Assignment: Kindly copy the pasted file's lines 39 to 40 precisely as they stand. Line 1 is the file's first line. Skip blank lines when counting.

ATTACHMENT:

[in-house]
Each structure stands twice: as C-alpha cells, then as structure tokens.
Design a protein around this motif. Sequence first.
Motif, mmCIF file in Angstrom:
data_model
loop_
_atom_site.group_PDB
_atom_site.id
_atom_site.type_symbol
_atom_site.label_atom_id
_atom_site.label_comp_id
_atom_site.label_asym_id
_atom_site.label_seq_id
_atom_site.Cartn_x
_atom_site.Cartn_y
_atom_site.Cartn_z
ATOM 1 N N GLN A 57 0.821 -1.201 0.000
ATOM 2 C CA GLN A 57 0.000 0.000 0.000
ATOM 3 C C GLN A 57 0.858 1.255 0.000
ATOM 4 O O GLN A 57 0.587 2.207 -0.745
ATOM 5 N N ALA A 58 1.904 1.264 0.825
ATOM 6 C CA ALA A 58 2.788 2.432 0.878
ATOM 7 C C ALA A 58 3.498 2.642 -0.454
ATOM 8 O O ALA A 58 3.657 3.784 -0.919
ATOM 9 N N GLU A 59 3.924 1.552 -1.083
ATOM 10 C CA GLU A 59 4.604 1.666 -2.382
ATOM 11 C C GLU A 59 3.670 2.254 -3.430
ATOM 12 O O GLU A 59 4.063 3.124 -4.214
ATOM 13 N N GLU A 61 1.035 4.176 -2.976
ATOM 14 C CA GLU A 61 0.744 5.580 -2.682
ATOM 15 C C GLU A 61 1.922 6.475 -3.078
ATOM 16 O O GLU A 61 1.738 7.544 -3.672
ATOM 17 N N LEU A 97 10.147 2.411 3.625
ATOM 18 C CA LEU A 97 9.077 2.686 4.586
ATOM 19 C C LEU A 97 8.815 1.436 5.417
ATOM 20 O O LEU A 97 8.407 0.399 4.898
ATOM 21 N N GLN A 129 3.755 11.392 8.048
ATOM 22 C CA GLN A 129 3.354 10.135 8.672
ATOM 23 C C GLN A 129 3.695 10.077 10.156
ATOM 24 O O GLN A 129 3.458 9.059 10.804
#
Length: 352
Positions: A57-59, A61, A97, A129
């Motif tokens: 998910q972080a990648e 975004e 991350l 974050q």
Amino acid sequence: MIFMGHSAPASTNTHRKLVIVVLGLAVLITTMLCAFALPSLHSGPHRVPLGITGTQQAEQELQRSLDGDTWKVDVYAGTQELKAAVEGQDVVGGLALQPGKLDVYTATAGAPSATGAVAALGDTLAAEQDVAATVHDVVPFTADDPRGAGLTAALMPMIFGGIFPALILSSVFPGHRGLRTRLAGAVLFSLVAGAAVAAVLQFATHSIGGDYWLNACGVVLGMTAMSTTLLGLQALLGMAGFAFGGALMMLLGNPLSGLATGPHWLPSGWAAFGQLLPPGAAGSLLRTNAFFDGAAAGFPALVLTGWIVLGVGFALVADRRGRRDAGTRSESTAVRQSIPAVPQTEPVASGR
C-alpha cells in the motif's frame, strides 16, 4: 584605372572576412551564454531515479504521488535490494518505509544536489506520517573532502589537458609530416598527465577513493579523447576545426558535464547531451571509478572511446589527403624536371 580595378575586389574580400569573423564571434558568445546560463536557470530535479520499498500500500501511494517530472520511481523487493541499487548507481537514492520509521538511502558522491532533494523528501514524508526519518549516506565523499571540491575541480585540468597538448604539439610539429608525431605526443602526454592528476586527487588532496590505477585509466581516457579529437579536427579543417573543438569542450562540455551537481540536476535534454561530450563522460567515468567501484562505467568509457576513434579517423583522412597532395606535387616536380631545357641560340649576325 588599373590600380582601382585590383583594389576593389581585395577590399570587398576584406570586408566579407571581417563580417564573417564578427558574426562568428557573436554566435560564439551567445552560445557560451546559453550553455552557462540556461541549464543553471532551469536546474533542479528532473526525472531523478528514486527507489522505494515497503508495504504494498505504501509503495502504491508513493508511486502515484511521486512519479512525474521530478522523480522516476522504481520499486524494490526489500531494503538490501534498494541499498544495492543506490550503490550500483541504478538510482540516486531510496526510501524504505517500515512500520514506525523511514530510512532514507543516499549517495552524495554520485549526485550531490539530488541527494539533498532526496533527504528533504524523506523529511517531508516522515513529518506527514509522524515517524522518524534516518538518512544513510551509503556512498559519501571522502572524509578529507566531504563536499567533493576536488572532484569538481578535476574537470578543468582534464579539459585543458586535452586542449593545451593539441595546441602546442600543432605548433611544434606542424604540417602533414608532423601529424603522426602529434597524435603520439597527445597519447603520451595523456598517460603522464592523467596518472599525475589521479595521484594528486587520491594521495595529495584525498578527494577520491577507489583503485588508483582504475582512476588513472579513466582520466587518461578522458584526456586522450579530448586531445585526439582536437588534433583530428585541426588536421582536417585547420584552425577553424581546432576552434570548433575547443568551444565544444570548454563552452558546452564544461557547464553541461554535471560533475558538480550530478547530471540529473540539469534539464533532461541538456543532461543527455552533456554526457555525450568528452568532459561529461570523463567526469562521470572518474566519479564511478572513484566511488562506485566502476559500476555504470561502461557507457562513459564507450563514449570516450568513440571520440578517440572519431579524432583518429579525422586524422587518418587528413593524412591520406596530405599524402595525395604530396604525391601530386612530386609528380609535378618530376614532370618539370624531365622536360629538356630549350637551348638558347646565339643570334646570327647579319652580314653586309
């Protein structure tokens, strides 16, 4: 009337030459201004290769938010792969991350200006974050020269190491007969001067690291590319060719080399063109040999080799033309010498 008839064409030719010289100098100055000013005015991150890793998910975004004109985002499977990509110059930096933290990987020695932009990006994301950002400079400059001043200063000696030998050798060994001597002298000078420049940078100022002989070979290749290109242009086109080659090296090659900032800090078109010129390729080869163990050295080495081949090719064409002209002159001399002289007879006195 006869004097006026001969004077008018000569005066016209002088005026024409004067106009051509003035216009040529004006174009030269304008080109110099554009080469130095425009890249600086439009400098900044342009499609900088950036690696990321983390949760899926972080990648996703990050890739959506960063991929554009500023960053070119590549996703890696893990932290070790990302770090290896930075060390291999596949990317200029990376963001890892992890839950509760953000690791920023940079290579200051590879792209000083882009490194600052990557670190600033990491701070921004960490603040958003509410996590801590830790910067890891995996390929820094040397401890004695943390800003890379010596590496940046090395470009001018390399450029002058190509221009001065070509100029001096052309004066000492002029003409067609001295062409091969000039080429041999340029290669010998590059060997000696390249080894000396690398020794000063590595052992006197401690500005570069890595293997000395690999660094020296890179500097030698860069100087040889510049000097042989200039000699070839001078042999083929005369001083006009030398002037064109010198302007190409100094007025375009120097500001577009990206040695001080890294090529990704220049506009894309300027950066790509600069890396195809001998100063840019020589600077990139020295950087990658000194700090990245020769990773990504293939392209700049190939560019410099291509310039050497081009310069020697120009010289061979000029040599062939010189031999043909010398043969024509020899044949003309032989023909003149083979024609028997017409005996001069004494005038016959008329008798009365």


ATOM 23 C C GLN A 129 3.695 10.077 10.156
ATOM 24 O O GLN A 129 3.458 9.059 10.804